Value is determined by forces of supply and demand and is thus vulnerable to inflation

Supply 

Capped at 21 million bitcoin 

Fiat currency has no supply limit 

Validation of transactions 

Bitcoin transactions are validated using blockchain technology and so do not require an intermediary for validation

Transactions involve an intermediary such as a bank or a payment provider

Transaction fees 

Minimal or no associated fees as intermediaries have been eliminated 

Transactions attract considerable charges 

Transaction time and speed 

The transaction is almost always instantaneous or greatly depends on the network speed 

Transactions may take time before verification or before they reflect on the system 

Security 

The concepts of decentralization, cryptography, and consensus guarantee a secure network and security of bitcoin transactions

Less secure as it can be negatively affected by fluctuations in government policies

Reversals 

Bitcoin transactions cannot be charged back, reversed, or canceled 

Chargebacks, reversals, and cancellations are commonplace with traditional currency transactions 

Advantages:

  • Because Bitcoin (BTC) transfers don’t require a transaction fee, this digital currency is often used for international transfers.
  • You can easily store and hold coins in your favourite digital wallet. (Although the supply of Bitcoin is limited, with only 21 million coins).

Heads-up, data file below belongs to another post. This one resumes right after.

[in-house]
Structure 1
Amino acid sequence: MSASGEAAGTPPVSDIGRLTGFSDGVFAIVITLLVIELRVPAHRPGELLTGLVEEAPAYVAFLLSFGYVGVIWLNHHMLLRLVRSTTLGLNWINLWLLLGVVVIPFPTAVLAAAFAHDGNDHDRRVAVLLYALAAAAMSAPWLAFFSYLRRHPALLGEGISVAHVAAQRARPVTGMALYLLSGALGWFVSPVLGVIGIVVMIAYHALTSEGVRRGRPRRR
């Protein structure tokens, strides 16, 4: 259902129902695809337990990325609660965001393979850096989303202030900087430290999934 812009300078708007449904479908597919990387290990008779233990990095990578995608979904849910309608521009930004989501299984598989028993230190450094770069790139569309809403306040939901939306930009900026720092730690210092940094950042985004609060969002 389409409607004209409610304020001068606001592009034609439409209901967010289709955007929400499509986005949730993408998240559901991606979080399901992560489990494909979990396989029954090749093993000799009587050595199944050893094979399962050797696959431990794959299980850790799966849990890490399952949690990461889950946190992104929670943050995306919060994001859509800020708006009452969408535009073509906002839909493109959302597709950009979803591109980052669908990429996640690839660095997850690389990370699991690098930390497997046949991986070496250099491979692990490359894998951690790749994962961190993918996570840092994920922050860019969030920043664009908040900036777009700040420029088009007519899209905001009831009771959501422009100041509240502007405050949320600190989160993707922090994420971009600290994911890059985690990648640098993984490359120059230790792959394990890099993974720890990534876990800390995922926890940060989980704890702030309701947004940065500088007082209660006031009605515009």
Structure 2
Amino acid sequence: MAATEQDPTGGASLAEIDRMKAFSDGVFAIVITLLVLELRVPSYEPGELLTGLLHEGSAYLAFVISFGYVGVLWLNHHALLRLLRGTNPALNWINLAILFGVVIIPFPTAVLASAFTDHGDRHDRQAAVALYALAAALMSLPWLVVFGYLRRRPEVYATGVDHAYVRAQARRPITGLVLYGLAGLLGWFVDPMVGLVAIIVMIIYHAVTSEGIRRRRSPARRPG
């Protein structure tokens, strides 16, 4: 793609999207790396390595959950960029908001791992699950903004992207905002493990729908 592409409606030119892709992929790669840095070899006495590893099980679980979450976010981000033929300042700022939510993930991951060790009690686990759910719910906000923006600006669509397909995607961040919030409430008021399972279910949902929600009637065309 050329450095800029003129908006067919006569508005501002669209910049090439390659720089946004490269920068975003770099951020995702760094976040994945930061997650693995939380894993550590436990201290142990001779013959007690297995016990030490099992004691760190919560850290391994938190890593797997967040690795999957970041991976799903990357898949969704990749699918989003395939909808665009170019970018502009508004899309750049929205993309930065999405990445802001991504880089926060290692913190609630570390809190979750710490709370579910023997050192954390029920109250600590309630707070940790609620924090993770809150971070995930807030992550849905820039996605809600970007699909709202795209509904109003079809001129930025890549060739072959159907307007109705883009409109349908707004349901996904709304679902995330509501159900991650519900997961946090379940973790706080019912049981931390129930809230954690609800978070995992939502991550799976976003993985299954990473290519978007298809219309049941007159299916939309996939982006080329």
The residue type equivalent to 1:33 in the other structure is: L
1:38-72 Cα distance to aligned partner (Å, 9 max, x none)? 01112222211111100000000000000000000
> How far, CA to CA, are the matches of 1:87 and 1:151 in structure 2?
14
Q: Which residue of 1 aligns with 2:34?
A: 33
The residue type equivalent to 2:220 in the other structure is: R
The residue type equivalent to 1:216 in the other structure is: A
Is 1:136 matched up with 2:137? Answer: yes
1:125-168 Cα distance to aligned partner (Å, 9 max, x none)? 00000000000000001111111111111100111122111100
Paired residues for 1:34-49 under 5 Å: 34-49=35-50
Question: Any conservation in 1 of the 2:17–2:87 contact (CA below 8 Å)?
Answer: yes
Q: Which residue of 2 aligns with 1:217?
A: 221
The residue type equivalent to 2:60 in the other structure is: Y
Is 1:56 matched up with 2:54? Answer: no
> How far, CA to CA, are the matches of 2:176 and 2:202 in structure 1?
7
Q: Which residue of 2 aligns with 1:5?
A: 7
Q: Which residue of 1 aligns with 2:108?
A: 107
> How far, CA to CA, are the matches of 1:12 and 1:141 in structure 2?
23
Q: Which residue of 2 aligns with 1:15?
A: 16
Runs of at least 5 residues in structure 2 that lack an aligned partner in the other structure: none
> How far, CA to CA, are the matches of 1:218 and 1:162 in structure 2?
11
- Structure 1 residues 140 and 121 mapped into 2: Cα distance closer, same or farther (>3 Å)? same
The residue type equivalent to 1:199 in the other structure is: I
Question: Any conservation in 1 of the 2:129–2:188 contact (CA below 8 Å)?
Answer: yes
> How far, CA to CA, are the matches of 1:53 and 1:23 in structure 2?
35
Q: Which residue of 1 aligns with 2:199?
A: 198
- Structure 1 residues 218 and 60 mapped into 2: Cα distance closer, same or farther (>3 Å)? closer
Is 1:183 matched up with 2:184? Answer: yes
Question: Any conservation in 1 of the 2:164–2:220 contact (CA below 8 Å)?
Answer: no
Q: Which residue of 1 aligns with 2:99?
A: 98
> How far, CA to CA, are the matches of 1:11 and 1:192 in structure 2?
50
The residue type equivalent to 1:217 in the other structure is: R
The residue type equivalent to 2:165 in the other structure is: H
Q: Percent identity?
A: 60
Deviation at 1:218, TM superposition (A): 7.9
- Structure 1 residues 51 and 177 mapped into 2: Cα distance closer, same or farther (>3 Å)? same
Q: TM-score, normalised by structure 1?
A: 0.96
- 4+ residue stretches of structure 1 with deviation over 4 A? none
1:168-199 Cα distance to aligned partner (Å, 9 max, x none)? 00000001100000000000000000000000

• That means that if demand continues to increase over the long term, the value could rise (although people should lose their wallets with Bitcoin in it).
  • The Blockchain technology used is decentralized and transparent. Further hacking is difficult in this technology.

Disadvantages:

  • The Blockchain that supports this technology is known for its tremendous energy consumption and slow processing speed. That makes it difficult for consumers who want a fast-trading time at a low cost.
  • Some people say that cryptocurrencies should not be used as value storage because they are more volatile than traditional currencies such as gold and US dollars and cannot guarantee long-term value.
  • Bitcoin Cash was established in 2017 with the belief that some parts of the world of Bitcoin are dissatisfied with high processing fees and need the latest iteration of Bitcoin to handle these issues while preserving all other qualities such as confidentiality and data integrity.
  • Digital currency is largely emerging as a new challenge due to its links with terrorist financing, drugs, and human trafficking, arms sale, money laundering, etc.

Editorial-The crypto conundrum

Cryptocurrencies possess no significant use value or exchange value to sustain their current high prices

Bitcoin and other private cryptocurrencies have been on a bull run recently. Unlike previous rallies, the current rally in bitcoin has witnessed the increasing participation of retail investors in India. Since 2020, when the Supreme Court overturned an order by the Reserve Bank of India dated April 6, 2018, restricting the use of cryptocurrencies, traffic in domestic cryptocurrency exchanges in India has grown many-fold. Yet, the future of bitcoin and other cryptocurrencies is unlikely to be as bright as many believe it to be.

A case of speculative mania?

  • The most important feature of cryptocurrencies that is flaunted by their enthusiasts is their limited supply.
  • In a world where central banks create a lot of money out of thin air, it is natural for investors who are looking to protect their wealth to seek abode in alternative assets whose supply cannot be cranked up as easily.
  • Money creation by central banks causes the price of all goods to rise and also tends to accelerate the adoption of alternative assets as currencies. When central banks create a lot of money, it leads to an increase in the prices of not just goods such as food and cars but also that of commodities such as gold and silver, considered to be alternative forms of money.